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Lindsay Diaz and her son stand in what's left of their home after tornadoes tore through North Texas on Dec. 26, 2015.KERA's One Crisis Away project focuses on North Texans living on the financial edge.The problem's known as asset poverty, and it doesn’t discriminate. A job loss, health emergency, even legal trouble can be enough to plunge a third of our friends and neighbors into financial distress. One Crisis Away puts a human face on asset poverty and the financial struggles of people in North TexasExplore the series so far and join the KERA News team as they add new chapters to One Crisis Away in the months to come.One Crisis Away is funded in part by the Communities Foundation of Texas, Allstate Foundation, the Texas Women's Foundation, The Fort Worth Foundation, The Thomson Family Foundation, and the United Way of Metropolitan Dallas.

Working From Home During A Pandemic Isn't For Everyone

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Many Americans are trying to work from home while shelter-in-place orders keep them out of the workplace.

But that's not an option for everyone. In fact, about 22 million people filed for unemployment in recent weeks, including a lot of Texans with jobs that have all but disappeared.

People who have "remote-compatible" jobs make up roughly 39% of full-time workers in the U.S. and 37% of full-time workers in Texas, according to a report from the Federal Reserve Bank of Dallas. The research also shows that low-income and minority workers are less likely to have the option to work remotely.

A chart of percentages of remote-compatible workers

As a part of KERA's One Crisis Away series "Coronavirus and Life on the Financial Edge," Yichen Su of the Federal Reserve Bank of Dallas talks about why remote work often isn't even possible.

Interview Highlights

On Picking Who Works From Home:

Basically the challenge of trying to understand who can or who can't work from home is that we have never seen this kind of situation happen before, so we never have a case in which most non-essential work sites are shutdown. 

So, I use this data set from the U.S. Department of Labor called Occupation Information Network, or O*NET. For every occupation, you have a whole host of variables that describe the characteristics of the job.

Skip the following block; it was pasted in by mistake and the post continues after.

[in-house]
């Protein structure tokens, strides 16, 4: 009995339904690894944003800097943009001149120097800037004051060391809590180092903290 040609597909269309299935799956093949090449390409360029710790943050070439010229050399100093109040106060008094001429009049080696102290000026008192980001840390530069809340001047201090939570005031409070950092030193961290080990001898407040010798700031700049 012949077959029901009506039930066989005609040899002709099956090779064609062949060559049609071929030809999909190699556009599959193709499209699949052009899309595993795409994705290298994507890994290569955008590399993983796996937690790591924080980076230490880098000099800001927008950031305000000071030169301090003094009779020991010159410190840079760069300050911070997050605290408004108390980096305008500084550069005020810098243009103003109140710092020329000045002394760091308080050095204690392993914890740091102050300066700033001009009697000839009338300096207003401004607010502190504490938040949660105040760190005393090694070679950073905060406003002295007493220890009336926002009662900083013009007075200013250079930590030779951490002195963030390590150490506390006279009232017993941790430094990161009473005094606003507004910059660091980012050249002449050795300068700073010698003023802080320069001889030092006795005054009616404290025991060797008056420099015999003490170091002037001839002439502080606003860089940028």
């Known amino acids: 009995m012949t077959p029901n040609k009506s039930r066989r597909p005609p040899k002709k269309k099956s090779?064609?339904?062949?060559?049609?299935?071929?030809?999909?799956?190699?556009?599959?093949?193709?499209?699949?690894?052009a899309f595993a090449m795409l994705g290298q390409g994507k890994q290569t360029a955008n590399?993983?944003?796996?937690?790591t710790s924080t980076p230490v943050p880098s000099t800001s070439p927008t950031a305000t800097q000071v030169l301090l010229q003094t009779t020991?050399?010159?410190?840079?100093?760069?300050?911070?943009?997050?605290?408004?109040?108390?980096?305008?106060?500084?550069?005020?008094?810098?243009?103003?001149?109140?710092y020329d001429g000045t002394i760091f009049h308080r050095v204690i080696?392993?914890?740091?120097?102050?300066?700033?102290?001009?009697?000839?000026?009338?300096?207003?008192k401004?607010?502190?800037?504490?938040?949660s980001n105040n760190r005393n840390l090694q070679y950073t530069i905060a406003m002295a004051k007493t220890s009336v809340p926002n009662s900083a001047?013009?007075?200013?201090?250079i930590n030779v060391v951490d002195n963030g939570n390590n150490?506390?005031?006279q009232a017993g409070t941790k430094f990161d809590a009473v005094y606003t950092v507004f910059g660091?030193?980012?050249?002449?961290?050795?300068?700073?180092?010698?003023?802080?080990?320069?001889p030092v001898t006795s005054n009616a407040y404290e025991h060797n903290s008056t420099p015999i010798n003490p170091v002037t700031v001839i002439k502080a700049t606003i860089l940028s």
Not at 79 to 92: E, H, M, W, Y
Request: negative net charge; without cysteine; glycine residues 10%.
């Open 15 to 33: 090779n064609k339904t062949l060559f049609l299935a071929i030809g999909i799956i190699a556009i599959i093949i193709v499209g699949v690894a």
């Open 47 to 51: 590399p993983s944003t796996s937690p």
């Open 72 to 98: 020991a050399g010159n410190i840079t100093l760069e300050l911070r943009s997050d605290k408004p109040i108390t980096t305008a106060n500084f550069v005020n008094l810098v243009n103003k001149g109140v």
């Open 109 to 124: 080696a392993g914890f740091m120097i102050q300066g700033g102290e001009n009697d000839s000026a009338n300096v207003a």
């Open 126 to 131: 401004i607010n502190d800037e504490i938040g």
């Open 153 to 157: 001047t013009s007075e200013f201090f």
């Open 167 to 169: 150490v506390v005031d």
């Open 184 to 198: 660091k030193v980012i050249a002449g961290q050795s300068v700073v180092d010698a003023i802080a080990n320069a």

For example, does the job involve a lot of use of email? Do you have to touch people all the time? Do you get exposed to disease or does it involve a lot of physical movements? Things like that.

On Who Has An Advantage:

For Texas, about 27% of workers with no college degree can work from home, whereas 57% of workers with college degrees can work from home.

So the fraction of workers who can work from home per worker with college degree, that fraction is almost twice the fraction for workers with no college degree, and income also makes a big difference. 

On Remote Working Racial Disparities:

Asian Americans are most likely to have the option to work from home about 50%.

For whites it's about 47% and for African Americans it's about 33%, which is much lower than Asians and whites. And for Hispanics, it's even lower at 23%. 

This is basically driven by the occupation composition among these different demographic groups.

The type of work that is typically categorized as remote compatible is typically white collar work. For example, accountants, software designers, financial managers, lawyers, those types of jobs.

So for example, among Asian Americans and white Americans, the fraction of people working in those jobs is higher. So that's basically what's driving the difference. 

On Which Texas Cities Are More Suitable For Remote Working:

Austin easily has the highest number of remote compatible workers, which is 48% and that is followed by Dallas, which is 42%, and then followed by Houston, which is 40%.

San Antonio is about 37% and the rest of Texas is much lower at 28%.

Yichen Su is an economist at the Federal Reserve Bank of Dallas.